Behold People v. Lenny Bruce. And note his three lawyers who handled the appeal of his obscenity conviction for his performance at the famed Gate of Horn nightclub in Chicago (December 1962):
Professor Kalven, the famed First Amendment scholar, had long been critical of the Court’s ruling in Roth v. United States (1957) and its progeny. He aired those reservations in his seminal 1960 Supreme Court Review article titled “The Metaphysics of the Law of Obscenity.” Thus his interest in People v. Bruce; it presented itself as a test case to reexamine Roth.
To help Kalven move from the theoretical to the practical, Kalven collaborated with Maurice Rosenfield and William Ming — two friends, highly reputable lawyers, and colleagues from their University of Chicago Law School days.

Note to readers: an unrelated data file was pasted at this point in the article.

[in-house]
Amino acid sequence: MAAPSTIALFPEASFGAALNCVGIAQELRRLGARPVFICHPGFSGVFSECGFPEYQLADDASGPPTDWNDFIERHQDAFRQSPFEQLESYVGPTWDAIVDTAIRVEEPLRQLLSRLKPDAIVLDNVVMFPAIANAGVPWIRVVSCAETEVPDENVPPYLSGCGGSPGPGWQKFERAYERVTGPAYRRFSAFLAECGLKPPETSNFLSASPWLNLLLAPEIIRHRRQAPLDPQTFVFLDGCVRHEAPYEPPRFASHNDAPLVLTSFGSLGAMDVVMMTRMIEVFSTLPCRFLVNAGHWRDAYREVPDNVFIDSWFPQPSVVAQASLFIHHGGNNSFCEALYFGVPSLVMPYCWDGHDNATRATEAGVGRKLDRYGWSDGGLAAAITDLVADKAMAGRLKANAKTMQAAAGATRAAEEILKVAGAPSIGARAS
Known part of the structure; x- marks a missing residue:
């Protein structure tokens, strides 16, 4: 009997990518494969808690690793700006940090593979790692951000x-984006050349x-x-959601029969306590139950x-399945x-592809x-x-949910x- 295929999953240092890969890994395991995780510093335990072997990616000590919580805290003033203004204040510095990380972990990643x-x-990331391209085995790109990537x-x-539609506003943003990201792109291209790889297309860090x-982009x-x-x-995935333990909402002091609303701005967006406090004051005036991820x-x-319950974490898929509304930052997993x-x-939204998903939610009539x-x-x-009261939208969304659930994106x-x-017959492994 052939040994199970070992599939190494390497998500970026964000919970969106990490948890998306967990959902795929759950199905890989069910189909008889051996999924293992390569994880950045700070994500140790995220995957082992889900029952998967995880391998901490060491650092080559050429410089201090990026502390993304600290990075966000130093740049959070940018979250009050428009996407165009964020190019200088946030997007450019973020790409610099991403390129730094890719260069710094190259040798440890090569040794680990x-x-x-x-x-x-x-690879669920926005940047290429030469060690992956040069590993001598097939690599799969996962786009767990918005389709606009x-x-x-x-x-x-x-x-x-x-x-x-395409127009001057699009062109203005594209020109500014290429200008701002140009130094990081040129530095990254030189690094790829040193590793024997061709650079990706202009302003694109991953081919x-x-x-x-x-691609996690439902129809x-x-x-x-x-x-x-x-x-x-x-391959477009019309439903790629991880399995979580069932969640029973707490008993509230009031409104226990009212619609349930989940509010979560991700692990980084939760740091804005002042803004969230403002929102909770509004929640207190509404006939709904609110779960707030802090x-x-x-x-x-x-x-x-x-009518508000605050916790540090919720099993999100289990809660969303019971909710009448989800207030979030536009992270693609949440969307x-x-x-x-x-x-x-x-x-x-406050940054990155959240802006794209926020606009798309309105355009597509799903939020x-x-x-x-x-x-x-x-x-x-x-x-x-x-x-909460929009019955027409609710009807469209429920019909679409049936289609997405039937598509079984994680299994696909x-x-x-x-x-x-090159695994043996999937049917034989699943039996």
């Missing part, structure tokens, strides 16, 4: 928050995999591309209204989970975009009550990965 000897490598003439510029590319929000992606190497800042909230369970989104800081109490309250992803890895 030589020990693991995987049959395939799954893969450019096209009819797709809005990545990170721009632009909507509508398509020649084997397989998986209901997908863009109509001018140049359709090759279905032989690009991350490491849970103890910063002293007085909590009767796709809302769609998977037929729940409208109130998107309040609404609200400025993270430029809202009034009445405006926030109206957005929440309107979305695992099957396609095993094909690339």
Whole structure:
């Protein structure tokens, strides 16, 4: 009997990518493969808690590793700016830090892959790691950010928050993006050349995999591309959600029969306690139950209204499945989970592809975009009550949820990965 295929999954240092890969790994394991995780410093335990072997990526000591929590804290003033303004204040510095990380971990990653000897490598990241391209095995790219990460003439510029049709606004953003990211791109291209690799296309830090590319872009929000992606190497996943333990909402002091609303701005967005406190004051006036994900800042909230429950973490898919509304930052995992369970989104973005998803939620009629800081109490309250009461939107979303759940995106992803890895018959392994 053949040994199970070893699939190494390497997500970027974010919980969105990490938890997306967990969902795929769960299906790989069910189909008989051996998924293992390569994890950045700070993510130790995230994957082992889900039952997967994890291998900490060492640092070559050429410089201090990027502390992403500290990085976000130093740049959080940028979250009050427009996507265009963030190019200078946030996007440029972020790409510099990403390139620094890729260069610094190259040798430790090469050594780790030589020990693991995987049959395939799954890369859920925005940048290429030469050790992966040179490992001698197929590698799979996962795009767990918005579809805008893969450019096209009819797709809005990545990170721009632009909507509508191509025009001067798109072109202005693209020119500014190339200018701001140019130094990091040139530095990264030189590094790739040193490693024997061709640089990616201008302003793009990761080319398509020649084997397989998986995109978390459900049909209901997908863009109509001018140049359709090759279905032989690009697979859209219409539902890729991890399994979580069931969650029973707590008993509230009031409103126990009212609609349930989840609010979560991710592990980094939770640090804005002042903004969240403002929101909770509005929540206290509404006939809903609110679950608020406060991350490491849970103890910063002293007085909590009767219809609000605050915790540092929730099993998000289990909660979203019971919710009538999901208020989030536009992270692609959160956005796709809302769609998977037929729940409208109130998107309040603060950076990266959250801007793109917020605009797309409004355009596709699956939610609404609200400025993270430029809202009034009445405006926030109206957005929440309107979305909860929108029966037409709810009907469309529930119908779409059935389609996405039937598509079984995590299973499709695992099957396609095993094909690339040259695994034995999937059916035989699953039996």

Rosenfield, who once co-authored an article with Kalven, was a partner in the law firm of Devoe, Shadur, Mikva, and Plotkin. He had represented Hugh Hefner in the mid-1950s and into the 1960s, and had likewise filed an amicus brief in Roth on behalf of the Authors League of America (Abe Fortas was also on that brief).
Ming was the first African American professor at the University of Chicago Law School. He had been one of Thurgood Marshall’s advisors and worked with Marshall on the Brown v. Board brief (his name was listed between Jack Greenberg and Constance Baker Motley).
There is, to be sure, more to the story, much more.* Suffice it to say that in the end, the trio prevailed when the Illinois Supreme Court ruled in Bruce’s favor.
* See Ronald Collins & David Skover, The Trials of Lenny Bruce (2002), pp. 175-182.
→ For more on the Chicago connection, see “Laughter & the First Amendment,” Chicago Humanities Festival (Geoffrey Stone, Ron Collins, Judge Diane Wood & Judge William Bauer — introduced by Burt Joseph) (Geof stone was at his comedic best).